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DPA Case Number 05-H-0038 - Petition To Set Aside Resignation

Final Non-Precedential Decision Adopted: December 2, 2005
By: Michael T. Navarro, Director


This matter was heard before Linda A. Mayhew, Administrative Law Judge (ALJ), Department of Personnel Administration (DPA) at 9:00 a.m. on October 13, 2005, at Riverside, California. The record remained open until November 28, 2005, to allow the parties to file written briefs.
Appellant was present and was represented by Paul D. Huggins, Labor Relations Representative, Association of California State Supervisors (ACSS).
Monrow A. Mabon, Staff Counsel, represented the California Department of Corrections and Rehabilitation (CDCR), respondent.
Evidence having been received and duly considered, the ALJ makes the following findings of fact and Proposed Decision.


Government Code section 19996.1 requires an appellant to file the petition to set aside a resignation with “the department within 30 days after the last date upon which services to the state are rendered or the date the resignation is tendered to the appointing power, whichever is later.” Government Code section 19815 defines “department” as the DPA. In this case appellant submitted a written resignation from his position as Chief Medical Officer Correctional Facility (CMO), to CDCR on February 7, 2005 and the resignation was effective the same day. Appellant’s petition to set aside the resignation was filed with DPA on March 7, 2005, 28 days after the resignation was tendered and effective. Appellant’s appeal to set aside his resignation is timely and properly before DPA for decision.

Respondent initially argued appellant’s petition was untimely filed with DPA. It contended appellant was required to request reinstatement from CDCR and receive a rejection from respondent prior to filing a petition for reinstatement with DPA. On November 28, 2005, respondent withdrew this argument regarding DPA’s jurisdiction.


Appellant argued his resignation should be set aside because it was given or obtained by reason of duress and that it was otherwise not freely and voluntarily given because respondent failed to inform him he was named in various lawsuits.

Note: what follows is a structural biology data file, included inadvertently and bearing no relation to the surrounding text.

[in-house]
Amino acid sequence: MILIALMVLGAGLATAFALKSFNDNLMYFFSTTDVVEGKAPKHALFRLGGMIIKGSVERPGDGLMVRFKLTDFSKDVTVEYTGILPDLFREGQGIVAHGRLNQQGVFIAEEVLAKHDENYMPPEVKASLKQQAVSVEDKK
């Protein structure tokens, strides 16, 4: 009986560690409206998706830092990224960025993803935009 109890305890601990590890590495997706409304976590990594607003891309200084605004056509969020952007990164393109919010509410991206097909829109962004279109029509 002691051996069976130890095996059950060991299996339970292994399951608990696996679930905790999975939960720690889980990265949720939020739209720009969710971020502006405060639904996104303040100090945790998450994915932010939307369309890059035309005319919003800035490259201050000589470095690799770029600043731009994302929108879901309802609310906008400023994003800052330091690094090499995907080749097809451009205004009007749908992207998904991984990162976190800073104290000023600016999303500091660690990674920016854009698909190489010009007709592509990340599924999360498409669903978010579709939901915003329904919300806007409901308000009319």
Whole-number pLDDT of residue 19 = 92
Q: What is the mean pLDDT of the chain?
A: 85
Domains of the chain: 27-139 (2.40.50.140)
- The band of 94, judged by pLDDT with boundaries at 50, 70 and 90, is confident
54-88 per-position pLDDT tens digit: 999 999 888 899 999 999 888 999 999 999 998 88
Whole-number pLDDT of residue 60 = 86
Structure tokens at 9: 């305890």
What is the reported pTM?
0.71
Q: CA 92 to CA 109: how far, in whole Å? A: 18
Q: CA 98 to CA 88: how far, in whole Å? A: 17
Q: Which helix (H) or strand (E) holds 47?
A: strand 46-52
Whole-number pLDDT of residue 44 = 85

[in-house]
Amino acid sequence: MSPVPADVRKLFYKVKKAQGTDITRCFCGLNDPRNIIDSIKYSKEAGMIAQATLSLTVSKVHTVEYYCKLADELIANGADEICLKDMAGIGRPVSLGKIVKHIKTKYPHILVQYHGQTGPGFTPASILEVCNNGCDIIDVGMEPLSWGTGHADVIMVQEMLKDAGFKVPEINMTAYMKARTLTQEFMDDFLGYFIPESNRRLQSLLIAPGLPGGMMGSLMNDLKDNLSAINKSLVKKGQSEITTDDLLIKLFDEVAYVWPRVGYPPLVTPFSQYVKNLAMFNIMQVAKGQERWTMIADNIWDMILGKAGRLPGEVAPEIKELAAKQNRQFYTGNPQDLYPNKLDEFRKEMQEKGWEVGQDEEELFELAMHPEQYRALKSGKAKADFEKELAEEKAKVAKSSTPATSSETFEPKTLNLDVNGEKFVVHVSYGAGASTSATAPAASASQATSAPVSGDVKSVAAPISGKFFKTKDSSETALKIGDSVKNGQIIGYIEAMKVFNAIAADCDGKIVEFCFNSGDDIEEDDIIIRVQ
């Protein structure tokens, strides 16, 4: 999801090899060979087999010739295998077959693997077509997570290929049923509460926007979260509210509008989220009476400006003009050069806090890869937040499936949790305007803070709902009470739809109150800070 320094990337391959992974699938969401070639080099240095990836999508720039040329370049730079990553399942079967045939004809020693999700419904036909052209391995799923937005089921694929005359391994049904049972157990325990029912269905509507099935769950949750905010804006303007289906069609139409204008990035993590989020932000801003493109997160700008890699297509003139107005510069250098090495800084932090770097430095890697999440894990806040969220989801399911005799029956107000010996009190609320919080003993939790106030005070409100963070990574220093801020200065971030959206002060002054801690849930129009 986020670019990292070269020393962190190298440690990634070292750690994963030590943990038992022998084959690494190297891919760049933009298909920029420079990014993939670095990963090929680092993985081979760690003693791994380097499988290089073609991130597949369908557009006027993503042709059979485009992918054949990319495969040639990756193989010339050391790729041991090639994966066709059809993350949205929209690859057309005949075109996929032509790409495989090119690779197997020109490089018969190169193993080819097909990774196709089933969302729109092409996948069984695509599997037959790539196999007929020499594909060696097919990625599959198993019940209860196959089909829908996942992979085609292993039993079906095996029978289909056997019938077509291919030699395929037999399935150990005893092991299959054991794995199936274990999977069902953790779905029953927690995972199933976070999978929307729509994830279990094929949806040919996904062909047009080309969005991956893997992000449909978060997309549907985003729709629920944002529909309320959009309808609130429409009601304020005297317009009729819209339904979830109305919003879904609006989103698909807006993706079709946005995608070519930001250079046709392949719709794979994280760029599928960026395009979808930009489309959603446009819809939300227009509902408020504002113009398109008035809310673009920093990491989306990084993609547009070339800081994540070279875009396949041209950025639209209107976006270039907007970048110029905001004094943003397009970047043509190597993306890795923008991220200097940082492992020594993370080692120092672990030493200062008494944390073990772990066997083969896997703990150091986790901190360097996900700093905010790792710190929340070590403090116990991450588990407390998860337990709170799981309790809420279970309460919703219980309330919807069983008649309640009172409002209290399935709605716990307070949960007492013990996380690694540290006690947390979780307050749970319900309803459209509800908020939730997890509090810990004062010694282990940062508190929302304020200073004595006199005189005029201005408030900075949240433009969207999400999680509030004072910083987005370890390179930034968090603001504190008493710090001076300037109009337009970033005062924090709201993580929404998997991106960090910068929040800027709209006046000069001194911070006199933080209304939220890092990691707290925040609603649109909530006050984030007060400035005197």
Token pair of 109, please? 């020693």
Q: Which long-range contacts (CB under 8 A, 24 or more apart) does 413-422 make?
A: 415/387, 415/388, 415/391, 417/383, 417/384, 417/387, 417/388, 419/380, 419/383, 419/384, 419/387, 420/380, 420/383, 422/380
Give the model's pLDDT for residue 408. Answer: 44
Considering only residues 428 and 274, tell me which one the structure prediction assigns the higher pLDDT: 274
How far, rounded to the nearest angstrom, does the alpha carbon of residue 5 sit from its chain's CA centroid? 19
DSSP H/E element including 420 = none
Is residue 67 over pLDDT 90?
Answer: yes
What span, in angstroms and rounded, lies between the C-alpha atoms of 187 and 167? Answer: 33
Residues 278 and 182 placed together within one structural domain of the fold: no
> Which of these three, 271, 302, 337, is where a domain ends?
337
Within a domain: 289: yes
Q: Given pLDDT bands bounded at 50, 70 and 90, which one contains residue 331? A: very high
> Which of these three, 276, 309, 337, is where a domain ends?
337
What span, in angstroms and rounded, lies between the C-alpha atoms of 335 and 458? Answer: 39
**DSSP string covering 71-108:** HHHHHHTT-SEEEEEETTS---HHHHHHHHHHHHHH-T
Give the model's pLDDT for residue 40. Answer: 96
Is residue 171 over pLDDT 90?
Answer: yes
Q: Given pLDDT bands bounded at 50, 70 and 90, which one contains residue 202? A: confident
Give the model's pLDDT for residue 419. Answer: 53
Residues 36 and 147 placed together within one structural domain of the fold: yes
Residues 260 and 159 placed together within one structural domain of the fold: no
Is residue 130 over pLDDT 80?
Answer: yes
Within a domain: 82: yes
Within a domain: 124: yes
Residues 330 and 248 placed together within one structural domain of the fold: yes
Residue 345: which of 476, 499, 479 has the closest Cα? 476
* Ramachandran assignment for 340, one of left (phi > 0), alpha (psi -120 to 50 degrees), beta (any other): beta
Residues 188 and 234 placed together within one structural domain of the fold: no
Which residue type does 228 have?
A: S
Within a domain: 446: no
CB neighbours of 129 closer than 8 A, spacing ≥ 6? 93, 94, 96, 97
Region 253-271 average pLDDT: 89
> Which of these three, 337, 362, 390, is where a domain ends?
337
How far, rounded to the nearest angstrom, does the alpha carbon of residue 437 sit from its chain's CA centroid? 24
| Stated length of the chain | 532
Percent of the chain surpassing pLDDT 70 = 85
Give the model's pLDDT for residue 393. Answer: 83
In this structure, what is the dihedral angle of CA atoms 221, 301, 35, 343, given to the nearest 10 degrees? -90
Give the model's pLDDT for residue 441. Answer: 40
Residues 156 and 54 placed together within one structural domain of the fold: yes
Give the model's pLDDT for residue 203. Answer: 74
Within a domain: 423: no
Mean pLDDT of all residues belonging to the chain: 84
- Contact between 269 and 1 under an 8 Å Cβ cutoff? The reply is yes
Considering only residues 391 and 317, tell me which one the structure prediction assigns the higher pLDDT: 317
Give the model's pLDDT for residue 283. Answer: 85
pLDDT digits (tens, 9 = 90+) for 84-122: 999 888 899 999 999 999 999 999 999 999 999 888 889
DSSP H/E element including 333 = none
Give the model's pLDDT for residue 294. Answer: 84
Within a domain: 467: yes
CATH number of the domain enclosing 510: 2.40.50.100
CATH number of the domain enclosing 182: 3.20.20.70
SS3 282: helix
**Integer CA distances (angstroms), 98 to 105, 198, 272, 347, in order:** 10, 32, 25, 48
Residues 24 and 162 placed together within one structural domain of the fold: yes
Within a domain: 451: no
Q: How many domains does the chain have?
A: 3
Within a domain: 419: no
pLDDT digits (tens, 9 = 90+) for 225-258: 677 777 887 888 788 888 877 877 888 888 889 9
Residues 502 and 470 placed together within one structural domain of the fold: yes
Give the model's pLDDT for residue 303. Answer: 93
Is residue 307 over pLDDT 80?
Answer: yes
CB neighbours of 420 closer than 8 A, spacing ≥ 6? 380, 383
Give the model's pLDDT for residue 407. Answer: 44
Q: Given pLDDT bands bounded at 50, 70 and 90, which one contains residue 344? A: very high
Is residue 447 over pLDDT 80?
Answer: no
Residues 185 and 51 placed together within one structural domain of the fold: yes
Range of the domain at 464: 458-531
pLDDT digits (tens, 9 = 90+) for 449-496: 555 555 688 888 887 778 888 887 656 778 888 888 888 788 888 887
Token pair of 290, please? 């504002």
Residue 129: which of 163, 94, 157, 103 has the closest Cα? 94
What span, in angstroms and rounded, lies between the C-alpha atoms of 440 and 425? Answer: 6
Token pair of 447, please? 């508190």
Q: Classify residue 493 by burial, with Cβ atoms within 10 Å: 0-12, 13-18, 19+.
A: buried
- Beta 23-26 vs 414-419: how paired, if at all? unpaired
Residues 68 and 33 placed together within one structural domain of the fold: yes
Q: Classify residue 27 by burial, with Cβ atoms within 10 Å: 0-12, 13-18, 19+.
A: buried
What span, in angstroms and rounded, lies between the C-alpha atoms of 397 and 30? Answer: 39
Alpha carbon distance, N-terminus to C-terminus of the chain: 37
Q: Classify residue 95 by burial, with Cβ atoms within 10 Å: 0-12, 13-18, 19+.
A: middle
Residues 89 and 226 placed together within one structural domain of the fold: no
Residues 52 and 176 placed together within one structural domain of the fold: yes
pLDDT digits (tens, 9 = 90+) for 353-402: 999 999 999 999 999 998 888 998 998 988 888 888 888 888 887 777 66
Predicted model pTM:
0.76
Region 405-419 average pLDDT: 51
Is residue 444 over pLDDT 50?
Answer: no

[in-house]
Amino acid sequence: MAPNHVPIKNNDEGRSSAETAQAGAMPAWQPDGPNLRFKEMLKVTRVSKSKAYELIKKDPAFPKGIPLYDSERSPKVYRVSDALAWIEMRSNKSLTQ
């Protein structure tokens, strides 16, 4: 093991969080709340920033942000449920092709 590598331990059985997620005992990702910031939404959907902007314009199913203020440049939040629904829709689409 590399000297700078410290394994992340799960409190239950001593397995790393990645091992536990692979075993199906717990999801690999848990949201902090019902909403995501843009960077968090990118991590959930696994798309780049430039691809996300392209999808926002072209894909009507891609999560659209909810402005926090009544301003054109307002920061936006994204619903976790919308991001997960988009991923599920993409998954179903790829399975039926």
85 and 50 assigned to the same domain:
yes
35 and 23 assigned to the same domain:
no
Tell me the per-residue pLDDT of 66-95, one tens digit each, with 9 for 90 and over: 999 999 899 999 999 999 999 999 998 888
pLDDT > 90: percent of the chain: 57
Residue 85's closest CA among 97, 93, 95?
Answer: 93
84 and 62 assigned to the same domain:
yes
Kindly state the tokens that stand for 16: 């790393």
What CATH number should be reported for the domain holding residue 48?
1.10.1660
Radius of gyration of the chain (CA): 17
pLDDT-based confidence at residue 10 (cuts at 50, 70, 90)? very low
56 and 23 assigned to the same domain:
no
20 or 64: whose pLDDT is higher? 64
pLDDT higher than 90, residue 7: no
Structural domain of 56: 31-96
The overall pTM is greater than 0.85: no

Appellant served as the CMO at CIM for approximately four and one-half (4.5) years. For at least a portion of that time he functioned as the Acting Health Care Manager. During the time he worked for CDCR, appellant also had a private medical practice. In his private practice he acted as a medical legal consultant and expert witness. He was reimbursed at the rate of $300 per hour plus travel expenses.

Appellant testified that during the 4.5 years he worked at CIM, he observed a change in both the inmates and the level of care provided for the inmates. He testified the inmates were becoming more “demanding” and that some of the medical personnel he supervised failed to provide a level of quality health care he felt was appropriate. Appellant also testified he could not get supplies and other personnel support from Sacramento he thought was necessary to provide an appropriate level of health care.

Appellant assessed the situation at CIM as becoming more dangerous. He was getting an increasing number of complaints regarding health care. An increasing number of lawsuits regarding health care were being filed. During his tenure at CIM, appellant was named in approximately 14 court actions. Appellant did not want to be involved in such lawsuits and he was not sure of the support he would receive from CDCR.

Appellant was also apprehensive about the Federal Government becoming more involved in the prison’s health care management and the appointment of a new regional health care manager. Appellant perceived the new administrator as being unknowledgeable about and inexperienced in the health care field.